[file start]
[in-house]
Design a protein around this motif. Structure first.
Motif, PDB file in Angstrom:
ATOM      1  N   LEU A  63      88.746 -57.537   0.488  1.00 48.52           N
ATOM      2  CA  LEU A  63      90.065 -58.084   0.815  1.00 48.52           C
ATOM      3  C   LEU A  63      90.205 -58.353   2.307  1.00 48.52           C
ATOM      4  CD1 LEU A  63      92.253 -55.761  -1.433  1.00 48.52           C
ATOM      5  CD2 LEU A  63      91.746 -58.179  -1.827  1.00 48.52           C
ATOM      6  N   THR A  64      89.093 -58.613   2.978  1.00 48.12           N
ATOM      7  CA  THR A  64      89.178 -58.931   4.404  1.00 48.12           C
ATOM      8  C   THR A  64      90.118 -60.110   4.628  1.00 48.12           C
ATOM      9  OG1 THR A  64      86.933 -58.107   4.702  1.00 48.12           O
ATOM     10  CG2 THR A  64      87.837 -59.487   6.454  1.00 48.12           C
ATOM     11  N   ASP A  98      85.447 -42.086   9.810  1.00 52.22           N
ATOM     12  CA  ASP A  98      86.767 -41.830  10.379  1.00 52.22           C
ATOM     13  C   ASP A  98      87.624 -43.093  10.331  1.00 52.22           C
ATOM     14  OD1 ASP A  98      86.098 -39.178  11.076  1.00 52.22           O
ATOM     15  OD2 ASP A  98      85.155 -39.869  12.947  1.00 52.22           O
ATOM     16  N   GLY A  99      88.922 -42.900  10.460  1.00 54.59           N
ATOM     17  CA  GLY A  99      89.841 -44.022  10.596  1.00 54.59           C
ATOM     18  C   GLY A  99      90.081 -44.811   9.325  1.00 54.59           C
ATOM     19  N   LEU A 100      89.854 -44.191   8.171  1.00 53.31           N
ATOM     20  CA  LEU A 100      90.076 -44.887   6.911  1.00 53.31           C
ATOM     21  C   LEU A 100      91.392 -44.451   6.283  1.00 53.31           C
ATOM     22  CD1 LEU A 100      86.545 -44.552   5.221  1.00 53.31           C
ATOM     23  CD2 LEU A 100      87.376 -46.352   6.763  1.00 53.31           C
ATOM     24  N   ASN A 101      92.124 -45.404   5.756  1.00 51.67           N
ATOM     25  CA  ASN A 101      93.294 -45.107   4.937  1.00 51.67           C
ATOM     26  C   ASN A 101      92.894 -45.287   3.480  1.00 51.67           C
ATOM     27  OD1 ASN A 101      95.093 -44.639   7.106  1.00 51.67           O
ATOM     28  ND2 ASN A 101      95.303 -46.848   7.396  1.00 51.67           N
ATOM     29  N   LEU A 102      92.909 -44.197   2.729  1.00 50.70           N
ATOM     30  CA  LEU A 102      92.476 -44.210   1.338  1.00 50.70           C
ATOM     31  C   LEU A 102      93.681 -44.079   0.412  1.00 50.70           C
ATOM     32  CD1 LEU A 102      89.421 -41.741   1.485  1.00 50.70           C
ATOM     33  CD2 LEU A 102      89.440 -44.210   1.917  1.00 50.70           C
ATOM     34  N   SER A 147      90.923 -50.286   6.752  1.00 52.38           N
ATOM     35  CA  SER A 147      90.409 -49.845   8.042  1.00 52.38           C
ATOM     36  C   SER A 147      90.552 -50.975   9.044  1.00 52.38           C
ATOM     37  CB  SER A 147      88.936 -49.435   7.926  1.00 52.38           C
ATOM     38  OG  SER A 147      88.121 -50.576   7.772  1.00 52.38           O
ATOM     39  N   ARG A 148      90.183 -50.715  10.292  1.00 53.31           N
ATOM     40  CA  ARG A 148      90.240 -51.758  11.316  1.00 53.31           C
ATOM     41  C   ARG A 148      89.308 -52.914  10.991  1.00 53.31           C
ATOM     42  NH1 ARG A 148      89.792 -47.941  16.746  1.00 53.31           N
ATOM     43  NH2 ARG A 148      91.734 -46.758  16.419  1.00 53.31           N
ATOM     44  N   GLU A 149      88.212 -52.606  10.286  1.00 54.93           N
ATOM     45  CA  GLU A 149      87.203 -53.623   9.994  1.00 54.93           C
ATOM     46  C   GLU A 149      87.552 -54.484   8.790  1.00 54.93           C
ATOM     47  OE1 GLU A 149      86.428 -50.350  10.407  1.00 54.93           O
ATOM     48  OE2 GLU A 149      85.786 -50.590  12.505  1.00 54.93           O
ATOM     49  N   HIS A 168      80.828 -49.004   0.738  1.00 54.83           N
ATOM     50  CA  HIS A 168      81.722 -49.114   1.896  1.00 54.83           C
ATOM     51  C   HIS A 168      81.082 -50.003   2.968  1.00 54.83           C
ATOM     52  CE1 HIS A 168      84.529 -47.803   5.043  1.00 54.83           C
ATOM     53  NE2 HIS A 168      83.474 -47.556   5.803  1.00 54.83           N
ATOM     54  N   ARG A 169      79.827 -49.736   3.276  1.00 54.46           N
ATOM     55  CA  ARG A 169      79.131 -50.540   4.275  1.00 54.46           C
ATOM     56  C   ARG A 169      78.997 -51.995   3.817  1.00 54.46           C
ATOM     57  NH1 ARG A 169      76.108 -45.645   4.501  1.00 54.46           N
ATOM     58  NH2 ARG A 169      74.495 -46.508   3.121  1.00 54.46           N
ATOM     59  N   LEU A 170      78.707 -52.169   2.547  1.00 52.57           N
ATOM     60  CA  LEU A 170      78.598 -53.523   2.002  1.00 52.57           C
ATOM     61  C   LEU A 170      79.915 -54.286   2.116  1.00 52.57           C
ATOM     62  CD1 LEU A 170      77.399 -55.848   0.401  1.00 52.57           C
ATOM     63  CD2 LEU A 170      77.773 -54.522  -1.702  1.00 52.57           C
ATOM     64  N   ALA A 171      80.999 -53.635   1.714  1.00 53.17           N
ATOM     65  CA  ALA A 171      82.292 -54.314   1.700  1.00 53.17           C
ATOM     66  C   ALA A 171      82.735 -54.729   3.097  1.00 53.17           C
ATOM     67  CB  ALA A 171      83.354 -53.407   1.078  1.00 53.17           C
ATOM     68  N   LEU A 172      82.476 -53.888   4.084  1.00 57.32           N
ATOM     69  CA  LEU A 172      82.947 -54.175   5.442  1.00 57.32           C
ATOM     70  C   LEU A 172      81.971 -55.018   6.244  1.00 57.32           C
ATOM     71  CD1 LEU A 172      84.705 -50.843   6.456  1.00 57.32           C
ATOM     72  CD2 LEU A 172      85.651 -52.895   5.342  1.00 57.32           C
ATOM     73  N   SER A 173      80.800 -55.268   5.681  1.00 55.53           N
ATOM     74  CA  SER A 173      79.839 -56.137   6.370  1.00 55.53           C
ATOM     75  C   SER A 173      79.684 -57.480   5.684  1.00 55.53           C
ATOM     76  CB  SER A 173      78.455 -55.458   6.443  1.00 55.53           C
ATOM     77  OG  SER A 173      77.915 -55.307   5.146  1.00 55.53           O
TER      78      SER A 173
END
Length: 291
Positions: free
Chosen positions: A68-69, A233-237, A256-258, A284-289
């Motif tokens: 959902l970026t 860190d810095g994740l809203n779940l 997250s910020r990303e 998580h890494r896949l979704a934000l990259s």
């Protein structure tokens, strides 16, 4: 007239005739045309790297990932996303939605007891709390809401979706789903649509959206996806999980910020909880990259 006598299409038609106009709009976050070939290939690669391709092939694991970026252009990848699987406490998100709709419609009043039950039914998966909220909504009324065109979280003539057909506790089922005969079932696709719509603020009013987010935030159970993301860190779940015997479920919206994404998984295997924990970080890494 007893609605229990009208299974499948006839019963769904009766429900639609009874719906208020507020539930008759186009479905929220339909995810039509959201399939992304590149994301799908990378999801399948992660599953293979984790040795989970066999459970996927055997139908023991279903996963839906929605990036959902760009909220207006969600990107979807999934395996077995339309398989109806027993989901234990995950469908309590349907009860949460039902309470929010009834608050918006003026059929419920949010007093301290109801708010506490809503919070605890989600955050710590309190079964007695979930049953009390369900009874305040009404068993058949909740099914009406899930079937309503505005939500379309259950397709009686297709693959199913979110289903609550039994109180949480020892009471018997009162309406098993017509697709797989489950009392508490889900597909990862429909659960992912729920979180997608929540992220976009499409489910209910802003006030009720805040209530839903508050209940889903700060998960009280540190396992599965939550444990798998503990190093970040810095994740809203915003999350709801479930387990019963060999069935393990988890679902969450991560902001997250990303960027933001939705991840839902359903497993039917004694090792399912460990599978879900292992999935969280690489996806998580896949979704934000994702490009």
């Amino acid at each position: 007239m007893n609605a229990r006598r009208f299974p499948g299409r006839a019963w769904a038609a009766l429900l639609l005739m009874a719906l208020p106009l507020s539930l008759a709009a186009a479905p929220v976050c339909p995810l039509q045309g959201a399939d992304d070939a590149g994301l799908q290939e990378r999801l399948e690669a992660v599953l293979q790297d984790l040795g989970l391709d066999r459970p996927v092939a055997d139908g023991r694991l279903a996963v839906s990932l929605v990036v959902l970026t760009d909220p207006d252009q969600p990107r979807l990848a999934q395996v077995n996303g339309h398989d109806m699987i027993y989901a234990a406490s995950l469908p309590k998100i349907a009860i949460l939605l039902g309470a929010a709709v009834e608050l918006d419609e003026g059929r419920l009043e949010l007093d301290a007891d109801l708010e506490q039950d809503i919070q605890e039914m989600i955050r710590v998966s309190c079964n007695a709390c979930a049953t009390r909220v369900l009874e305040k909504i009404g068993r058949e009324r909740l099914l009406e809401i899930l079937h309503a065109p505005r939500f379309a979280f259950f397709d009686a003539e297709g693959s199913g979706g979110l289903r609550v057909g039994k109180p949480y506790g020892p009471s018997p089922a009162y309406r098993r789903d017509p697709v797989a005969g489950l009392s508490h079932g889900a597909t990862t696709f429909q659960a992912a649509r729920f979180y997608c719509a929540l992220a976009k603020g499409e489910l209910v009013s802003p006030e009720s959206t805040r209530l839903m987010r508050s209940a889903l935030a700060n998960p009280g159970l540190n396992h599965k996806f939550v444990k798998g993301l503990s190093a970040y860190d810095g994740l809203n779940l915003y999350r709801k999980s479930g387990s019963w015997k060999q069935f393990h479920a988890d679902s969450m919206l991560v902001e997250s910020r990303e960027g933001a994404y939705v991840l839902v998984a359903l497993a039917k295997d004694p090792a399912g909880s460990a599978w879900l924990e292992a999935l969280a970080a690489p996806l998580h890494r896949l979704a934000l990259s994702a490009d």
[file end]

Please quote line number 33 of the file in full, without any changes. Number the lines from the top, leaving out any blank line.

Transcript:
ATOM     30  CA  LEU A 102      92.476 -44.210   1.338  1.00 50.70           C